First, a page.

What I find generally very difficult to explain – and also what people find hard to hear – is that there are antisemitic tropes that are used by both white supremacists (no surprise there) but also by leftist intersectional anti-racists. One stubborn trope is the issue of double loyalty, loosely defined by ‘you say you are loyal to us, but actually your loyalty lies somewhere else’. That somewhere else has been many different things in the history of antisemitism, and presently it often refers to a ‘secretive Zionist agenda’. And if loyalties are doubted or even surrounded by suspicion, how can a Jewish organization be part of the anti-racism movement in the first place? This question came up last week and it set a whole train of thoughts and conversations in motion.
When a Dutch Jewish social justice organisation that works on local Dutch efforts towards anti-racism and discrimination is accused of being indiscriminately pro-Israel and therefor precluded from the anti-racism conversation, this is uncomfortable and feels unfair. But it might be used as an opening for conversation, and so one might wonder about the reasoning behind it. One obvious reason may lie in the fact that many organizations, including Jewish organizations, conflate Jews and Israel in various ways, and Israel’s track record where it comes to human rights and inclusiveness does not make a pretty example. The troubling thing is that these accusations readily come in the form of this antisemitic trope of double loyalty and this trope has been around long before Israel became a country, so it carries the weight of a long and often painful history.
The double loyalties trope is one of the causes that make the anti-racism movement so fundamentally unsafe for Jews, even though Jews remain among the most exposed to racism. It is unsettling to be excluded from the anti-racism conversation based on a persistent antisemitic trope that is normalized in these spaces. But it shows that antisemitism cannot be understood through those merely visible anti-Jewish actions (something that anti-racists will unequivocally stand up against) but rather in the upholding of a (trope) system that transforms Jews into the Other. The double loyalty trope is the gatekeeper at the entrance of the anti-racism movement.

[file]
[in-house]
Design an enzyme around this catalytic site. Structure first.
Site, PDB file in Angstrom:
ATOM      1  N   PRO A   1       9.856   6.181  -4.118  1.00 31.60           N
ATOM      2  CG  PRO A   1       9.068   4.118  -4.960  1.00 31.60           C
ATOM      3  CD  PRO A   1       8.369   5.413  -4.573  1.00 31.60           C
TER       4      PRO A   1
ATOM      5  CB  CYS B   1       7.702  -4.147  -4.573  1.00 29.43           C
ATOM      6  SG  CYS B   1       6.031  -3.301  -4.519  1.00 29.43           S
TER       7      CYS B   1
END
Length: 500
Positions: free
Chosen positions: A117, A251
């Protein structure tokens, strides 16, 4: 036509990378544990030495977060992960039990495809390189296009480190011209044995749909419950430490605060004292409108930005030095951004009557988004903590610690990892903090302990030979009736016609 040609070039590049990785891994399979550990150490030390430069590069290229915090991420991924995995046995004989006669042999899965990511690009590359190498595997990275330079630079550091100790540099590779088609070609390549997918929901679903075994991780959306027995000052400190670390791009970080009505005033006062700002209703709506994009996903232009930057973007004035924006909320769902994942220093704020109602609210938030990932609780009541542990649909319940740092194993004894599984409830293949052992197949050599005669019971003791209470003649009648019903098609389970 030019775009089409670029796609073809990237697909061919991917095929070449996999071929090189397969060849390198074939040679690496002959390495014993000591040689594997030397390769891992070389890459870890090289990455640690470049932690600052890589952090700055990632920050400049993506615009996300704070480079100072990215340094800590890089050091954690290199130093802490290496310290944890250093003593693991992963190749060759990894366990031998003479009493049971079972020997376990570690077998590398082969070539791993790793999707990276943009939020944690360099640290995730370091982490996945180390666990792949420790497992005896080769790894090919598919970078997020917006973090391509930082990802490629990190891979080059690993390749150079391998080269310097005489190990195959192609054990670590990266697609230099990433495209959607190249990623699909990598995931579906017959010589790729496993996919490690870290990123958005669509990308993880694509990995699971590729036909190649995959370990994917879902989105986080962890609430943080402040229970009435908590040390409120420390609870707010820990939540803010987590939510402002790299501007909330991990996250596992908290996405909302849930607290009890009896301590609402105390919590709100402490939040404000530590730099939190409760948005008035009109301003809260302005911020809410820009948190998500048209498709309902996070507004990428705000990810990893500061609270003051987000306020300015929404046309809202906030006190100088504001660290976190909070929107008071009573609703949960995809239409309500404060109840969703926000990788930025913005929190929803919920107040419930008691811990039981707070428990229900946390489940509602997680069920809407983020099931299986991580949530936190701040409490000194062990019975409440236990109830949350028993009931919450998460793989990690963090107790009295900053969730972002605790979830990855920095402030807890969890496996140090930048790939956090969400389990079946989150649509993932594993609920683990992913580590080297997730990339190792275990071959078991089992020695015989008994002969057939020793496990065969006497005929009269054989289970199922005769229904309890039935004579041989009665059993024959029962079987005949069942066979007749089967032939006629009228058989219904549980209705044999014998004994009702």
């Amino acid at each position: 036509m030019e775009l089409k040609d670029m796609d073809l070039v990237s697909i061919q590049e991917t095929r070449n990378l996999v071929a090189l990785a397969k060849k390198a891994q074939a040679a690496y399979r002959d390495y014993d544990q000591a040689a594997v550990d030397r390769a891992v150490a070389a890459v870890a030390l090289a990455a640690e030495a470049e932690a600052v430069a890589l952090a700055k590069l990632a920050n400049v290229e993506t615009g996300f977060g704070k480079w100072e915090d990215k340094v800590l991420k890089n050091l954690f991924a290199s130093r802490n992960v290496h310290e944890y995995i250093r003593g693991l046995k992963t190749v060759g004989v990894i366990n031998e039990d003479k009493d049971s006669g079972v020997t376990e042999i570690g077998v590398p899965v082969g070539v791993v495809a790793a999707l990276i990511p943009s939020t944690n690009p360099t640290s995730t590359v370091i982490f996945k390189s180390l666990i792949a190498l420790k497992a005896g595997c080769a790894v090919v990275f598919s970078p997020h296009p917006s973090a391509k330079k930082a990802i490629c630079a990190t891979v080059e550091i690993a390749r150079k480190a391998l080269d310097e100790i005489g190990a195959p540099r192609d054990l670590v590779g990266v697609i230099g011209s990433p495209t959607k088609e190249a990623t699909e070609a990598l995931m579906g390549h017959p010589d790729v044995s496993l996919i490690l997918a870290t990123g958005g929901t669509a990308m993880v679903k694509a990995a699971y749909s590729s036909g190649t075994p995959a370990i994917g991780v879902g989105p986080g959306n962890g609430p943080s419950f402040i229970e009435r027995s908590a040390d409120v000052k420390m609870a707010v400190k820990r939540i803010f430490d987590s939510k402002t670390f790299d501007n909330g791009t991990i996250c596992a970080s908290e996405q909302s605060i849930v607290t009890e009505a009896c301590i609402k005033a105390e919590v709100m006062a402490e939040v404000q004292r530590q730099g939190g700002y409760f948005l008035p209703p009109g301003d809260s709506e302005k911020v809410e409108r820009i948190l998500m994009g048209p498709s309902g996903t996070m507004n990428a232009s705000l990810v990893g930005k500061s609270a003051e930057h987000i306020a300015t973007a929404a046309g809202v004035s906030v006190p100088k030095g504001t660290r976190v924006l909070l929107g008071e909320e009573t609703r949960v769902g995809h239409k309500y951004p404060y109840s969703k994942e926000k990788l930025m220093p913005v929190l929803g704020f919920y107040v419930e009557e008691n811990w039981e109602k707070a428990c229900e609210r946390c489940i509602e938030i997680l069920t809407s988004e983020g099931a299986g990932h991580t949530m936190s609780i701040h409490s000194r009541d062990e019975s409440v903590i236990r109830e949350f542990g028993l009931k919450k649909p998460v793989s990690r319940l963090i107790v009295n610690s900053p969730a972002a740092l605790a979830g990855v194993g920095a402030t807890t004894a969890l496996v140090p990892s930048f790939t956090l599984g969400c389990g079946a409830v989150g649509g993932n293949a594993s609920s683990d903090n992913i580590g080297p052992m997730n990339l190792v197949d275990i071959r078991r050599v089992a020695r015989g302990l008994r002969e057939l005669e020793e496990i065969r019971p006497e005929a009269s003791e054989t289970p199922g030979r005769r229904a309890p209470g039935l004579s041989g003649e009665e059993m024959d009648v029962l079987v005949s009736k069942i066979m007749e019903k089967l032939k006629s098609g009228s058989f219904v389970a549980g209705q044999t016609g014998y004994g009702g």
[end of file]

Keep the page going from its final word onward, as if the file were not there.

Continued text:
How then can we get out of this negative downward spiral lined with hidden antisemitic discourse and move forward? I think that we need to have a conversation together and recognize that antisemitic rhetoric is much more widespread than we tend to think. In doing so, all of us in the anti-racism movement must be critical and self-reflective instead of writing one another off before we have even started or at the first signs of discomfort. It is a necessary prerequisite if we are to move forward in this, together.
By the way: An excellent read on how this trope manifests itself in our times can be found in this informative New York Times article.